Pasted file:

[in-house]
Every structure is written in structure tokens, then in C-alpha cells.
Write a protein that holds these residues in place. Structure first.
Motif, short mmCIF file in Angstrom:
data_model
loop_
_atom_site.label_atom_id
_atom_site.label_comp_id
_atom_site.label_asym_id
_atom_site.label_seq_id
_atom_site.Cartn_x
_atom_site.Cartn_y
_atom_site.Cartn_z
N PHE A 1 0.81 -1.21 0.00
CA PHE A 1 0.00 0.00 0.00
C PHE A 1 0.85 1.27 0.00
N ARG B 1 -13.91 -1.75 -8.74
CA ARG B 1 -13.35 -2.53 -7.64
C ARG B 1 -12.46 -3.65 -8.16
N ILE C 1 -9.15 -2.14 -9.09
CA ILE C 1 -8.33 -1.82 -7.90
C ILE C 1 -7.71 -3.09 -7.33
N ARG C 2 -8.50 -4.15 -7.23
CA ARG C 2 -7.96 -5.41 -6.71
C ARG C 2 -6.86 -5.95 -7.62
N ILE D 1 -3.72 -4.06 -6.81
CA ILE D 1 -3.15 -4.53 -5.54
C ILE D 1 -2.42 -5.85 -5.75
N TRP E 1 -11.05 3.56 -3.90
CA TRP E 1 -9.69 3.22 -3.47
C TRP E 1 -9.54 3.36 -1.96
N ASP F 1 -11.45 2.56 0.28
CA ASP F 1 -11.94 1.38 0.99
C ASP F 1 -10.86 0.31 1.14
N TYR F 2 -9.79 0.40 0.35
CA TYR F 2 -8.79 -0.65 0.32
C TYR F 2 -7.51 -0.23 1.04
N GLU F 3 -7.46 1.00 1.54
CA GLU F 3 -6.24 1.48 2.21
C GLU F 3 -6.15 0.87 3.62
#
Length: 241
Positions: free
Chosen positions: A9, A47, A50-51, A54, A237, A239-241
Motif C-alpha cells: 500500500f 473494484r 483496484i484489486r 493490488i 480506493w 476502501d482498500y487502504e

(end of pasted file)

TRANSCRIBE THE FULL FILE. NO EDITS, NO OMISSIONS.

[in-house]
Every structure is written in structure tokens, then in C-alpha cells.
Write a protein that holds these residues in place. Structure first.
Motif, short mmCIF file in Angstrom:
data_model
loop_
_atom_site.label_atom_id
_atom_site.label_comp_id
_atom_site.label_asym_id
_atom_site.label_seq_id
_atom_site.Cartn_x
_atom_site.Cartn_y
_atom_site.Cartn_z
N PHE A 1 0.81 -1.21 0.00
CA PHE A 1 0.00 0.00 0.00
C PHE A 1 0.85 1.27 0.00
N ARG B 1 -13.91 -1.75 -8.74
CA ARG B 1 -13.35 -2.53 -7.64
C ARG B 1 -12.46 -3.65 -8.16
N ILE C 1 -9.15 -2.14 -9.09
CA ILE C 1 -8.33 -1.82 -7.90
C ILE C 1 -7.71 -3.09 -7.33
N ARG C 2 -8.50 -4.15 -7.23
CA ARG C 2 -7.96 -5.41 -6.71
C ARG C 2 -6.86 -5.95 -7.62
N ILE D 1 -3.72 -4.06 -6.81
CA ILE D 1 -3.15 -4.53 -5.54
C ILE D 1 -2.42 -5.85 -5.75
N TRP E 1 -11.05 3.56 -3.90
CA TRP E 1 -9.69 3.22 -3.47
C TRP E 1 -9.54 3.36 -1.96
N ASP F 1 -11.45 2.56 0.28
CA ASP F 1 -11.94 1.38 0.99
C ASP F 1 -10.86 0.31 1.14
N TYR F 2 -9.79 0.40 0.35
CA TYR F 2 -8.79 -0.65 0.32
C TYR F 2 -7.51 -0.23 1.04
N GLU F 3 -7.46 1.00 1.54
CA GLU F 3 -6.24 1.48 2.21
C GLU F 3 -6.15 0.87 3.62
#
Length: 241
Positions: free
Chosen positions: A9, A47, A50-51, A54, A237, A239-241
Motif C-alpha cells: 500500500f 473494484r 483496484i484489486r 493490488i 480506493w 476502501d482498500y487502504e